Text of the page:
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Patient Experiences with Screening and Assistance for Social Isolation in Primary Care Settings.

  • Author(s): Tung, Elizabeth L
  • De Marchis, Emilia H
  • Gottlieb, Laura M
  • Lindau, Stacy Tessler
  • Pantell, Matthew S
  • et al.
Abstract

Background

Social isolation is a known predictor of mortality that disproportionately affects vulnerable populations in the USA. Although experts began to recognize it as a public health crisis prior to 2020, the novel coronavirus pandemic has accelerated recognition of social isolation as a serious threat to health and well-being.

Objective

Examine patient experiences with screening and assistance for social isolation in primary care settings, and whether patient experiences with these activities are associated with the severity of reported social isolation.

Design

Cross-sectional survey conducted in 2018.

Participants

Adults (N = 251) were recruited from 3 primary care clinics in Boston, Chicago, and San Francisco.

Main measures

A modified version of the Berkman-Syme Social Network Index (SNI), endorsed by the National Academies of Sciences, Engineering, and Medicine; items to assess for prior experiences with screening and assistance for social isolation.

Key results

In the sample population, 12.4% reported the highest levels of social isolation (SNI = 0/1), compared to 36.7%, 34.7%, and 16.3% (SNI = 2-4, respectively). Most patients had not been asked about social isolation in a healthcare setting (87.3%), despite reporting no discomfort with social isolation screening (93.9%). Neither discomfort with nor participation in prior screening for social isolation was associated with social isolation levels. Desire for assistance with social isolation (3.2%) was associated with a higher level of social isolation (AOR = 6.0, 95% CI, 1.3-28.8), as well as poor or fair health status (AOR = 9.1; 95% CI, 1.3-64.1).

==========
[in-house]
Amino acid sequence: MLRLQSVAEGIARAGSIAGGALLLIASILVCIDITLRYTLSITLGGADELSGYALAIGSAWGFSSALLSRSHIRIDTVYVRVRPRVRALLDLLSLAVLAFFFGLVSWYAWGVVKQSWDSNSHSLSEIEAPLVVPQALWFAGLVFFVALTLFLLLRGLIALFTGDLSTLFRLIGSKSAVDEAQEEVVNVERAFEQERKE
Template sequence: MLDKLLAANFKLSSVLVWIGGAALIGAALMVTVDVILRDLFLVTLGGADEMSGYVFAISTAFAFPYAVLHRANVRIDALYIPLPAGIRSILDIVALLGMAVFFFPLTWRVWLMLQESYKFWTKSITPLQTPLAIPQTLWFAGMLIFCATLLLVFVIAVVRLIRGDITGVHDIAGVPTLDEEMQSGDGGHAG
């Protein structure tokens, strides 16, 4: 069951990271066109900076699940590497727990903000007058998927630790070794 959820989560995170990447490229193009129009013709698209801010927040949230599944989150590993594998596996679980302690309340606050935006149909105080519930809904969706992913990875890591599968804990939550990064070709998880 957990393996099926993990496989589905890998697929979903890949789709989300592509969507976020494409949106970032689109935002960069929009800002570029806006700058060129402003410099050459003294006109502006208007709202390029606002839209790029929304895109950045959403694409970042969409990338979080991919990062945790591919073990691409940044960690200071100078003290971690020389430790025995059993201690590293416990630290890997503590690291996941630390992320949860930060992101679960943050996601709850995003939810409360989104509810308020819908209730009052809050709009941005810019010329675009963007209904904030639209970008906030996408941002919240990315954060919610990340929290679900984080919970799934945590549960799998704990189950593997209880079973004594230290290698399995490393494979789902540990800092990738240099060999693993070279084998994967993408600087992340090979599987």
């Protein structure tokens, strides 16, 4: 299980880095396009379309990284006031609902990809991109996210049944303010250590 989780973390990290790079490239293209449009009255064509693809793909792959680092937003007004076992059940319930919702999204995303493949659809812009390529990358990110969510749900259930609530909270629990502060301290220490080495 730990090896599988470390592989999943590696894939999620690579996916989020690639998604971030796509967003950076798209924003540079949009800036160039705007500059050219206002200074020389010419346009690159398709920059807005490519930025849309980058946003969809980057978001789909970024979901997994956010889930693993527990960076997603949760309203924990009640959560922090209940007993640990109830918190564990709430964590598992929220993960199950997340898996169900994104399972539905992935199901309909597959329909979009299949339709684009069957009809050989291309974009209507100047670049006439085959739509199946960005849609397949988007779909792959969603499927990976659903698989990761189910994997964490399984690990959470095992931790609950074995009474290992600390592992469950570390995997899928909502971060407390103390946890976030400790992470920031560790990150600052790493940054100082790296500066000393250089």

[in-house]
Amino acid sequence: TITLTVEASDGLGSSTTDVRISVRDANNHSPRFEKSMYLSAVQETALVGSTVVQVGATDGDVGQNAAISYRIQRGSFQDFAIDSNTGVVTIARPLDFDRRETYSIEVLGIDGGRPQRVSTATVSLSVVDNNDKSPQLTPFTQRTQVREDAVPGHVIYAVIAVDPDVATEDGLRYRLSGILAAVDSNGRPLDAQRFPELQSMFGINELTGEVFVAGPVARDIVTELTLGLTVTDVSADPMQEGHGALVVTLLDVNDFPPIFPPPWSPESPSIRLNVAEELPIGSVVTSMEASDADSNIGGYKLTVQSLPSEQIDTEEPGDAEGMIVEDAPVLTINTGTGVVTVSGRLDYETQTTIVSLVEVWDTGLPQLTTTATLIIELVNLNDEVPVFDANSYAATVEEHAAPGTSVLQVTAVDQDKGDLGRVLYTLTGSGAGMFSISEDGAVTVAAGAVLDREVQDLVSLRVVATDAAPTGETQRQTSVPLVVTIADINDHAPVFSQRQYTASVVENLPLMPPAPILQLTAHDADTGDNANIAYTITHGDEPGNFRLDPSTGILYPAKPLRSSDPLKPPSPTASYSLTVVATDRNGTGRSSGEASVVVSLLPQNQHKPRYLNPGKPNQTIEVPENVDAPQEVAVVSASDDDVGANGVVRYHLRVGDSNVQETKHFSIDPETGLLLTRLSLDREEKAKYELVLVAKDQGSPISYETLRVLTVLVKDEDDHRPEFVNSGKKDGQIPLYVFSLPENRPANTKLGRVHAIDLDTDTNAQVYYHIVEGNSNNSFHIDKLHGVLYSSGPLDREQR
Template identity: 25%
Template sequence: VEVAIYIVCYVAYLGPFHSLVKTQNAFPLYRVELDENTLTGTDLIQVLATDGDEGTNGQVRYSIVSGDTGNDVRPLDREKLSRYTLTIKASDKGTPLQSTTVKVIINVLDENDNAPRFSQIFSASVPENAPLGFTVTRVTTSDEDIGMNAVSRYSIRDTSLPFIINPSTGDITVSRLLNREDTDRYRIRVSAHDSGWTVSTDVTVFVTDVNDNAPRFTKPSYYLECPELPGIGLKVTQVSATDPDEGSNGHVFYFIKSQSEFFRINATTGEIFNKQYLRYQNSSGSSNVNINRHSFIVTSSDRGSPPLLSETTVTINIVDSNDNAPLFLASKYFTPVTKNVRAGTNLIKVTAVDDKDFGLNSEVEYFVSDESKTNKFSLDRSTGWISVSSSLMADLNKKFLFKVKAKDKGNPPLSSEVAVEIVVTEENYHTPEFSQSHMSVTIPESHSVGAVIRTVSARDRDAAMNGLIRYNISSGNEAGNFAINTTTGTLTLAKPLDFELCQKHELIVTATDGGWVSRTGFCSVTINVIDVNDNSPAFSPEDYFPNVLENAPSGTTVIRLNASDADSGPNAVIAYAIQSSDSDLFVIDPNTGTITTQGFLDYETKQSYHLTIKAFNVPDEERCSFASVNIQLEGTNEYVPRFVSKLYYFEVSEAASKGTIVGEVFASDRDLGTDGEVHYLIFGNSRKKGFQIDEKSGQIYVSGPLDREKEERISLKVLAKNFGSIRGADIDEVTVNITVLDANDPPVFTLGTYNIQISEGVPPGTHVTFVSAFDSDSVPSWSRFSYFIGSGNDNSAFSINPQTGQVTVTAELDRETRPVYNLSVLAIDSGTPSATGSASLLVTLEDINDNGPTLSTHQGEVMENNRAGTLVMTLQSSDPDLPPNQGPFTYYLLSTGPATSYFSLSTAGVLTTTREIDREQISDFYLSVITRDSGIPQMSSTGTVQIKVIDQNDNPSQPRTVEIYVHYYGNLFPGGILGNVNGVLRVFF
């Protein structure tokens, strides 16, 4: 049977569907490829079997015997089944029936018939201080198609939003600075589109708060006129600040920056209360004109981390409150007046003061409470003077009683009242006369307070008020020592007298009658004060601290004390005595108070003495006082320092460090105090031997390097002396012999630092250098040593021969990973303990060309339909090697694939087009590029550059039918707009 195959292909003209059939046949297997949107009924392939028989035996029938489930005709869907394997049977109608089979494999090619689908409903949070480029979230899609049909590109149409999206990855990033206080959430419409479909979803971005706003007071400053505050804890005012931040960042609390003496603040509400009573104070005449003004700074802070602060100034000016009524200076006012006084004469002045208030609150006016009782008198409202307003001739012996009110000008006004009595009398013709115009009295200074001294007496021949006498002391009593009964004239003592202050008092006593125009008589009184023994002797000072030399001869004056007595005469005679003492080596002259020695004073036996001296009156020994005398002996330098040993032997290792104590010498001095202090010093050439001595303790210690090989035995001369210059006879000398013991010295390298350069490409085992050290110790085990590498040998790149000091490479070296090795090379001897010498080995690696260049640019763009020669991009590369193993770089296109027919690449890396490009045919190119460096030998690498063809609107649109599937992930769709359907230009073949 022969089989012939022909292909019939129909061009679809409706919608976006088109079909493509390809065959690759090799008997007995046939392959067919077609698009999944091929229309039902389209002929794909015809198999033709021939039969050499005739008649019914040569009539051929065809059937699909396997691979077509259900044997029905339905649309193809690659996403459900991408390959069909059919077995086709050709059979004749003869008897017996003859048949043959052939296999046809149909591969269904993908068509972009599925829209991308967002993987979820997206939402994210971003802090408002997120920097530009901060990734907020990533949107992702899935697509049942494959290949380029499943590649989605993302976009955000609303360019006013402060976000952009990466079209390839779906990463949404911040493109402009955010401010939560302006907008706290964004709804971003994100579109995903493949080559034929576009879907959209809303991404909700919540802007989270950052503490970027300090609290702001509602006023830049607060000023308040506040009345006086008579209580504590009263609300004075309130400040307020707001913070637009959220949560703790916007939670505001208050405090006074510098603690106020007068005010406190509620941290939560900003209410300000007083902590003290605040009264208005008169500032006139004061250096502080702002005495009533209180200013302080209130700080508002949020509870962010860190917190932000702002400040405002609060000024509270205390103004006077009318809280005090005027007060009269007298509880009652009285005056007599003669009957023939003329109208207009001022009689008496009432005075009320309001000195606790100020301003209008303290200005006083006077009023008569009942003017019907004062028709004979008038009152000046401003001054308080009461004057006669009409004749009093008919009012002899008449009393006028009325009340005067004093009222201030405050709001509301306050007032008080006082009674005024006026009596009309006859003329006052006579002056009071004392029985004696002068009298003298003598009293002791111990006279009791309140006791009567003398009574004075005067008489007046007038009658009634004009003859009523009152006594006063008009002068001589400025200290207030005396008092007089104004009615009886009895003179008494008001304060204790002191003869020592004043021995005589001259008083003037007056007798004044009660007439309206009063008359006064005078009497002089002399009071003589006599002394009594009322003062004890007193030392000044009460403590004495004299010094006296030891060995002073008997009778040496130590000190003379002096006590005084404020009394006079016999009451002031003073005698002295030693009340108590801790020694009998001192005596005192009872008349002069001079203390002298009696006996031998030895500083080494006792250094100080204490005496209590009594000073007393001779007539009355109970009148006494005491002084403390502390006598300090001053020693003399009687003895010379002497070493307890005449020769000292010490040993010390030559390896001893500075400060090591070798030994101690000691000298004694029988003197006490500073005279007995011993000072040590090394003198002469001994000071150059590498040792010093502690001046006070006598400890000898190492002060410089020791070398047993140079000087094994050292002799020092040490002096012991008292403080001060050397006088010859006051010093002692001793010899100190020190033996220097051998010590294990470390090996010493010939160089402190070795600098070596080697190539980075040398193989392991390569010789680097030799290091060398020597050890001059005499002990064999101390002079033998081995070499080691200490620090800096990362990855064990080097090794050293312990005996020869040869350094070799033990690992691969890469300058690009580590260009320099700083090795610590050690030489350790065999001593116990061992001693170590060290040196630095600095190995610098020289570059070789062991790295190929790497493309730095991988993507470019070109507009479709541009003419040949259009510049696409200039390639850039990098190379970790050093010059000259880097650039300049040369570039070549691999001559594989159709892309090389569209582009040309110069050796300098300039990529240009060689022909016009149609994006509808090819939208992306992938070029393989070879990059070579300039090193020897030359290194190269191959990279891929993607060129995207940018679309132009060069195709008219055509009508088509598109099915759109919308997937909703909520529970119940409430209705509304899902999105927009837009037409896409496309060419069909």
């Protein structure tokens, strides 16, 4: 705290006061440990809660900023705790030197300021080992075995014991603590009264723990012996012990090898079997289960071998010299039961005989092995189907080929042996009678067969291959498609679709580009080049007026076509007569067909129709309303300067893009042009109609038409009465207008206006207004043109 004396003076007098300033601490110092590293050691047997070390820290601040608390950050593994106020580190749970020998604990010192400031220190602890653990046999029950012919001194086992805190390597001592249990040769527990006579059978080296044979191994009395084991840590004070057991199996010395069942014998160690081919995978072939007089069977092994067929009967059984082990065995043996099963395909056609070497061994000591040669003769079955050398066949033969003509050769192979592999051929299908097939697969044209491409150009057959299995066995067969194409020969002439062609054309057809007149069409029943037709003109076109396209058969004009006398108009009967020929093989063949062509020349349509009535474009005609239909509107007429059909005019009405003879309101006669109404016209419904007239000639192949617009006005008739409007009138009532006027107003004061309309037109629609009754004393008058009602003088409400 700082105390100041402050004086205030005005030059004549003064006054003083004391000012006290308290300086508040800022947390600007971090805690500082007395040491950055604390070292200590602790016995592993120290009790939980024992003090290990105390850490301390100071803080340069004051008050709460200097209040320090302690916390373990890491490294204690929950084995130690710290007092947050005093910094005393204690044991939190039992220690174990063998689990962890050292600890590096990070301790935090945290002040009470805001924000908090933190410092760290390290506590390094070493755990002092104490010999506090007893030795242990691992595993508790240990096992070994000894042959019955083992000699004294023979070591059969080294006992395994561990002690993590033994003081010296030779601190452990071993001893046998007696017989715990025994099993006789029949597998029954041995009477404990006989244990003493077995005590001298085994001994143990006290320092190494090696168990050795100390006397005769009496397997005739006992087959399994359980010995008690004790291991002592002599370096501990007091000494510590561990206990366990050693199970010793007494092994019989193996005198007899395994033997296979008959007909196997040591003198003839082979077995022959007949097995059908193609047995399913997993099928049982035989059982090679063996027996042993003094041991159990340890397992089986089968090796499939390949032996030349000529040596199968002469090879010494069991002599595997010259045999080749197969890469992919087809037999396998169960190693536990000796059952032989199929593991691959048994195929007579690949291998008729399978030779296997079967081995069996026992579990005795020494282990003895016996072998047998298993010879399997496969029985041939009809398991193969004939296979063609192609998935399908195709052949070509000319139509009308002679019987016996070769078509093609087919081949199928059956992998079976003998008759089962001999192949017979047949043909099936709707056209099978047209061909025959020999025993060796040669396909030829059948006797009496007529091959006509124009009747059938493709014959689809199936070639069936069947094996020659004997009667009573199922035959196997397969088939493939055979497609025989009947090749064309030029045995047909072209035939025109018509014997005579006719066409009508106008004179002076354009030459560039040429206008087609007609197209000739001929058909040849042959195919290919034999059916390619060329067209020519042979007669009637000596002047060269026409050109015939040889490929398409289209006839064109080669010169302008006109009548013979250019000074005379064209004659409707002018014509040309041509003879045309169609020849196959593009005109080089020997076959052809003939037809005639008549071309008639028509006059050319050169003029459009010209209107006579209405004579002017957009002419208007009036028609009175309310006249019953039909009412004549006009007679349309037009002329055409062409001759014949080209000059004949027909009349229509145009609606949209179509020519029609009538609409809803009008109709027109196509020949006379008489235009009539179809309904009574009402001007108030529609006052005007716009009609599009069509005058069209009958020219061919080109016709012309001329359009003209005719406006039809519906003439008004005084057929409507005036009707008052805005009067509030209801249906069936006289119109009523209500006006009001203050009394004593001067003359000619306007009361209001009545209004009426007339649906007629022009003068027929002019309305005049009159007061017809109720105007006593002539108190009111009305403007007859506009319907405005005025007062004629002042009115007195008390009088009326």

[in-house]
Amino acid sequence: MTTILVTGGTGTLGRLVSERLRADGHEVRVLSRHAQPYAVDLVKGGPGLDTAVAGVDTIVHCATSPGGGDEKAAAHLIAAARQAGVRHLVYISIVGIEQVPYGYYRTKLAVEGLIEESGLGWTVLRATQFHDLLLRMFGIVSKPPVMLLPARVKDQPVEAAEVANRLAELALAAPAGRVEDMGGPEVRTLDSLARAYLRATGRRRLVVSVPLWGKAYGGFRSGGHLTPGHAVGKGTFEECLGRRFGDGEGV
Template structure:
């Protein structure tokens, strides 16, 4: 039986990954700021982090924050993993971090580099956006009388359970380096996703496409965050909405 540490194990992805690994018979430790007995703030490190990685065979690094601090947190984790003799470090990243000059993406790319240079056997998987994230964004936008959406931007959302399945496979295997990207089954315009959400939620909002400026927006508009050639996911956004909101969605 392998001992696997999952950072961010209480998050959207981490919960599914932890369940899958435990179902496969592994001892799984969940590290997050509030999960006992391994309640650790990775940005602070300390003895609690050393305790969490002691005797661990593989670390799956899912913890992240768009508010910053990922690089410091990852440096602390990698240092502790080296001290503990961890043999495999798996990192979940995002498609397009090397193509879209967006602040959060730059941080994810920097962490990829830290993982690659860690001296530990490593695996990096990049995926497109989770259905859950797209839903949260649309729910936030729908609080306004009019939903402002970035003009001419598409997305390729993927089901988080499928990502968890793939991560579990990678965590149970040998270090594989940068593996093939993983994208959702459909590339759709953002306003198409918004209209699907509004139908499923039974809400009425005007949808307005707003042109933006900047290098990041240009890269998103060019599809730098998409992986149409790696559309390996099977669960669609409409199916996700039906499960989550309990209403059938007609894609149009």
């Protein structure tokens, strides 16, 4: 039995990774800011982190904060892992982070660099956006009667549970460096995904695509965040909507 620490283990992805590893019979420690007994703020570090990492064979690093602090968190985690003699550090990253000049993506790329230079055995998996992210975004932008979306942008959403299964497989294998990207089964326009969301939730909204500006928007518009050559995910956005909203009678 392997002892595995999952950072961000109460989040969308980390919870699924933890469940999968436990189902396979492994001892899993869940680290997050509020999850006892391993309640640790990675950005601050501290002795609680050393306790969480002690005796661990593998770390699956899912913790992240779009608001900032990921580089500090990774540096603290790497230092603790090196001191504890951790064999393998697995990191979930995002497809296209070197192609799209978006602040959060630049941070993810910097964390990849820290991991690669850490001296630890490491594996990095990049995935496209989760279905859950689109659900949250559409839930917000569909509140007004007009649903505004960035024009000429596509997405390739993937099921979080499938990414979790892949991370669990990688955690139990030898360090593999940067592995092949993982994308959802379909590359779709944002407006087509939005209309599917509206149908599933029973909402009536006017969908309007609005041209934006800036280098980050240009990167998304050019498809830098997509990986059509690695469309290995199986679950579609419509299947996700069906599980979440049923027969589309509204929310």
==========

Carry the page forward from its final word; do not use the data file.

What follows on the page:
Conclusions

In this study, few patients reported being screened previously for social isolation in a primary care setting, despite low levels of discomfort with screening. Providers should consider broadening social isolation screening and referral practices in healthcare settings, especially among sicker and more isolated patients who express higher levels of interest in assistance with social isolation.

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